EV(b/c) = P(call) * [(Call Equity * (Pot +1) – (1 – Call Equity)] + P(raise) * [Raise Equity * (Pot+2) – 2 * (1 – Raise Equity)] + P(fold) * pot

    Also note that now P(raise) refers to the probability of a raise within all options (call, raise, fold).

    Sorry for the inconvenience.
  • Leader22


    Hey guys and gals,

    Unfortunately, there is an error in the equations on the slide about playing the river hu oop. The correct formulas follow:

    EV(c/f) = P(check back) * (Equity vs check back) * pot

    EV(c/c) = (Equity vs bet) * (Pot + 1) - (1 – Equity vs bet) + P(check back) * (Equity vs check back) * pot

    EV(b/f) = P(call) * [Call Equity * (Pot +1) – (1 – Call Equity)] - P(raise) + P(fold) * pot

    EV(b/c) = P(call) * [(Call Equity * (Pot +1) – (1 – Call Equity)] + P(raise) * [Raise Equity * (Pot+2) – 2 * (1 – Raise Equity)] + P(fold) * pot

    Hopefully I will have a chance to fix the commentary/vid shortly.
  • SanWogi


    One last fix of one of the formulas:

    EV(c/c)=P(bet)*[(Equity vs bet) * (Pot + 1) - (1 – Equity vs bet)] + P(check back) * (Equity vs check back) * pot

    Although it didn't work out in the vid I like the Idea of simplification for some special situations. Assume Villain bets the same hands he raises and checks the same hands behind he calls. And assume Villain doesn't fold. If we set EV(c/f)=0 we get (after some calculations):

    EV(c/c)=P(bet)*[(Eq bet)*(Pot+2)-1]
    EV(b/f)=2*P(call)*(Eq Call)-1
    EV(b/c)=EV(b/f)+P(raise)*[(Eq raise)*(Pot+4)-1]

    These formulas are simple, but hold only under these assumptions.
  • titze2


    Min.: 9 "overcalling the river":
    I dont agree with your calculation here.
    0.3*0.4=12% is wrong, because it does not include that both opponents have the same hand.
  • titze2


    btw... it will be great if you put numbers on every slide, so that everyone can reffer to the slide
  • cristianbarrera


    puff es en ingles
  • HamburgmeinePerle


    "EV(c/c) = (Equity vs bet) * (Pot + 1) - (1 – Equity vs bet) + P(check back) * (Equity vs check back) * pot" is still worng, isn't it?!

    the term P(check back)*(EQ vs check back)*pot is true, these are the cases if Villain check behind, we win the potsize according to our equity.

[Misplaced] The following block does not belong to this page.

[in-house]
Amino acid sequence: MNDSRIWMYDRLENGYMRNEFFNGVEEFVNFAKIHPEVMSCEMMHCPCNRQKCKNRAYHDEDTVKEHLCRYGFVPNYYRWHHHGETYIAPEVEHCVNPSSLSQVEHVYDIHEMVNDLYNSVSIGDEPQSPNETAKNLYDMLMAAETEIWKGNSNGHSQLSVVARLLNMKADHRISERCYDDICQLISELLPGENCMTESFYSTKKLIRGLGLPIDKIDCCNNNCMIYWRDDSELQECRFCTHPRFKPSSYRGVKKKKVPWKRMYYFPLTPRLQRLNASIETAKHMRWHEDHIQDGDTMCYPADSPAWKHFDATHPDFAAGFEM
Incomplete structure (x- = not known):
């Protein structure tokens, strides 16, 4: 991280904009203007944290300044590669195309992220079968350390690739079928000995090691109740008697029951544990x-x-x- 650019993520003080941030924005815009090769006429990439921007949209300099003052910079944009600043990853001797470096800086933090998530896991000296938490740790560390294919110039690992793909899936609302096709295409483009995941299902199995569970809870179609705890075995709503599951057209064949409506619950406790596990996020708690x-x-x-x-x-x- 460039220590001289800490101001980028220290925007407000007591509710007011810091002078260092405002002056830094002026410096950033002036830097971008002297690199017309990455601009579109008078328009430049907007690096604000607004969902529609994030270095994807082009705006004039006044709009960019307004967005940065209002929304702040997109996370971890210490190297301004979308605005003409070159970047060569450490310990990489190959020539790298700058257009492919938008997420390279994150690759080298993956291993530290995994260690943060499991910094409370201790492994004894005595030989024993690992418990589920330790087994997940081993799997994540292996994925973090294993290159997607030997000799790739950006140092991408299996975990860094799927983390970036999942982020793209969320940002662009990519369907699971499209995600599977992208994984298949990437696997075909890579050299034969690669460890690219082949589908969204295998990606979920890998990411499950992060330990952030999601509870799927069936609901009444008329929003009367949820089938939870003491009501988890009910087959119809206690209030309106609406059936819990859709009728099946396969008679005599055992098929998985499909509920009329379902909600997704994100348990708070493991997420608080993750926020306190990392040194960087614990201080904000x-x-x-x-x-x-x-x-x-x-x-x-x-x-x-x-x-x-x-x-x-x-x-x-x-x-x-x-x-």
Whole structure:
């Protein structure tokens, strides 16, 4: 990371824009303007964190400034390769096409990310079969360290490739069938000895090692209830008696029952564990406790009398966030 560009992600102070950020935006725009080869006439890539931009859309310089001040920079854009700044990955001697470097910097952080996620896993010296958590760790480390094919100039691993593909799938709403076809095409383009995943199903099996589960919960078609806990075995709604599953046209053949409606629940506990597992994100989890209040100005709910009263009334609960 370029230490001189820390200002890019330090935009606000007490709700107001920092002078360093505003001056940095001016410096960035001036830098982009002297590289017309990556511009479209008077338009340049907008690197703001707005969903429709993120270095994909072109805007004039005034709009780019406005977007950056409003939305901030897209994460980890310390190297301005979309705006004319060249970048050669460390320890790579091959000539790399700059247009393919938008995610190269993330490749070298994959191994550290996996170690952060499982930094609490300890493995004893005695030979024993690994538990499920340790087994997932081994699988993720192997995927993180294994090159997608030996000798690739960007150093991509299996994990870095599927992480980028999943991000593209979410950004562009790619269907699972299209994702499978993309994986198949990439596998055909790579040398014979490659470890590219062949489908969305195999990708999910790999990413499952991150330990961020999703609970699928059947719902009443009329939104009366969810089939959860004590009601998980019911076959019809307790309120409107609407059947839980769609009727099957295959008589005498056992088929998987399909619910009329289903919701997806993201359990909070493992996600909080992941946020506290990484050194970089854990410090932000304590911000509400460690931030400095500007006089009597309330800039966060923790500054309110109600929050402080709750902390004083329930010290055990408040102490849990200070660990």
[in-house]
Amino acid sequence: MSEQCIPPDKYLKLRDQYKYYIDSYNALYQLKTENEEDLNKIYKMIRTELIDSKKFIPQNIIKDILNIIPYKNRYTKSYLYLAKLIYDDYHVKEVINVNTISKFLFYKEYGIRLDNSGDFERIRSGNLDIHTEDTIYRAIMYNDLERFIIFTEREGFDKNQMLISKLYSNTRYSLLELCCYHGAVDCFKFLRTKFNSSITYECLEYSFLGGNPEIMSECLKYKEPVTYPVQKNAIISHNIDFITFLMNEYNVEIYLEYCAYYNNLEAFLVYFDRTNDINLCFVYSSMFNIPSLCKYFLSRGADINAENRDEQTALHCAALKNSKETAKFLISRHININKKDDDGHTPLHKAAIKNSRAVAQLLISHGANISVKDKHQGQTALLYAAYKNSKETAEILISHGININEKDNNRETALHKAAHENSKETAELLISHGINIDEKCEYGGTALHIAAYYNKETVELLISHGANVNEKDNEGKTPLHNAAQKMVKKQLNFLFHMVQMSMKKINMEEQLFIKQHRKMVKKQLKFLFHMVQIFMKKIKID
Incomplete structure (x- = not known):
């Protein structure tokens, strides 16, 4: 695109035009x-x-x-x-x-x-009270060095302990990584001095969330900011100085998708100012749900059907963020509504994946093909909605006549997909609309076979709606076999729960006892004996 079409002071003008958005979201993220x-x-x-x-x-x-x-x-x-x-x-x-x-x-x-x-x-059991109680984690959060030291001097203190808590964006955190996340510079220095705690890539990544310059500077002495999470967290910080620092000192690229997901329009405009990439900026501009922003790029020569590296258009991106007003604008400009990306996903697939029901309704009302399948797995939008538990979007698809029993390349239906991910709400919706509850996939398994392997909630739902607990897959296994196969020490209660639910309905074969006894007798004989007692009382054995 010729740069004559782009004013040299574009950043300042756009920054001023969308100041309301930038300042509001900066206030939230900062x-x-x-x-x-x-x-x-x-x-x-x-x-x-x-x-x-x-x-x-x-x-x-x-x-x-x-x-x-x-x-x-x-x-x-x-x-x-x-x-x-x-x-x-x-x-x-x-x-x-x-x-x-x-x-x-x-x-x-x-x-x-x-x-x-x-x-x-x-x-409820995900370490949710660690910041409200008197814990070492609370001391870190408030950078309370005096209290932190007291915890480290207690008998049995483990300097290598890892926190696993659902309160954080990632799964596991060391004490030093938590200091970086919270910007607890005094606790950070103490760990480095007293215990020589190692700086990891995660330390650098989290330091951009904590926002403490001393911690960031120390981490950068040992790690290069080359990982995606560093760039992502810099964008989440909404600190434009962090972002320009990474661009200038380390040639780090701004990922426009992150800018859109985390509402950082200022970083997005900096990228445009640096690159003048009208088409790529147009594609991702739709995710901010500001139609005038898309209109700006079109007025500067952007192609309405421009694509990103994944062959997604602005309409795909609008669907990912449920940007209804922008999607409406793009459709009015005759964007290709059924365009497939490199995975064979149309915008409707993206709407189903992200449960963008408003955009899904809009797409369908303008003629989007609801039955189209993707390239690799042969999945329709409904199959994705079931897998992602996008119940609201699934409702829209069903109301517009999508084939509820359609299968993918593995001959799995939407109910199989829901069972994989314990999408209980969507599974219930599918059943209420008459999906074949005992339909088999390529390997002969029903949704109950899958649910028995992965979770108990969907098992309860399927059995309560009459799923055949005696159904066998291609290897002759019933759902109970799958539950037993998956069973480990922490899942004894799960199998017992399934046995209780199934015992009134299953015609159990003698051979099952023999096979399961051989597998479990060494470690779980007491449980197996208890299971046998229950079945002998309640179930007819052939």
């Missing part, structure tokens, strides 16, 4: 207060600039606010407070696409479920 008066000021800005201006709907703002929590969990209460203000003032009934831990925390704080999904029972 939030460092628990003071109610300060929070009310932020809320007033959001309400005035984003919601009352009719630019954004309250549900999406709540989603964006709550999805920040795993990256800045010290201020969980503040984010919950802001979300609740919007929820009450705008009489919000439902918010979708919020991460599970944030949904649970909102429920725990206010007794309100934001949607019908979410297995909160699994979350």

But the other two terms ar still wrong I think. They both have to be multiplied with P(Villain bets) as Villain doesn't bet to 100%, in the cases in taht he doesn't bet, wedoesn't loose or win anything else than the pot according to our equity.

    oh sorry, San Wogi said it already, didn't read it.
  • HamburgmeinePerle


    ah, saw you fixed it in the video!
    Good job! It's very nice now with a clear range and explanations what part of his range Villain's folding, calling raiseng, checking and betting.
    Well done!

    Did you count the handcombos ourdo you have a program (pokerazor?) for that?
    I counted it, it's alright now.

    Though, there are a few small mistakes according to the equity we have against the several parts of his range:
    we don't have 100% against the range he checks back and the one he calls to our bet (which is the same range), as he also has 1 combo of JJ in his range. So our equity is only 99.1% against his calling range and the range he checks back.
    And I got an equity of 12.7% against the range he is betting to our check, this is the following range:
    AKs, AJs-A2s, KcJc, KcTc, Kc9c, Kc8c, Kc7c, JcTc, Jc9c, Jc8c, Jc7c, Tc9c, Tc8c, Tc7c, 9c8c, 9c7c, 8c7c, AKo, AJo-A4o (118 combos).

    This leads to the following results for our EV:

    EV(c/f) = 0.253*0.991*6.25
    = 1.56702 BB

    EV(c/c) = 0.747*(0.127*(6.25+1)-(1-0.127))
    + 0.253*0.991*6.25
    = 1.60269 BB

    EV(b/f) = 0.253*(0.991*(6.25+1)-(1-0.991))
    - 0.652
    + 0.095*6.25
    = 1.75721 BB

    EV(b/c) = 0.253*(0.991*(6.25+1)-(1-0.991))
    + 0.652*(0*(6.25+2)-2*(1-0))
    + 0.095*6.25
    = 1.10521 BB

    these should be the right results.
  • Leader22


    The vid has been updated. Everything should be correct and hopefully clearer now.
  • Leader22


    As HamburgmeinePerle said, a new hopefully clearer version is up. I thing the difference in the numbers is the result of me not removing 76s from villains range.

    In any case, I want to thank HamburgmeinePerle and SanWogi for there assistance. In the future, I think I'll take a more structured approach like I did in the new version to avoid any more misadventures in simplification. Likely this will also add more clarity for some as well.


    I don't really agree. What you're saying is sort of true in the sense that the likelihood that we beat player B depends on whether we beat player A. However this is very small effect unless the ranges are extremely narrow. If you need a really accurate number though, you could obtain the ranges from pokerazor and then use poker stove to get the exact value. Perhaps I should have gone that route, but in the end I think it makes little difference.

    I will try to add slide numbers in the future.
  • SanWogi


    Will there be a third part? I like the series!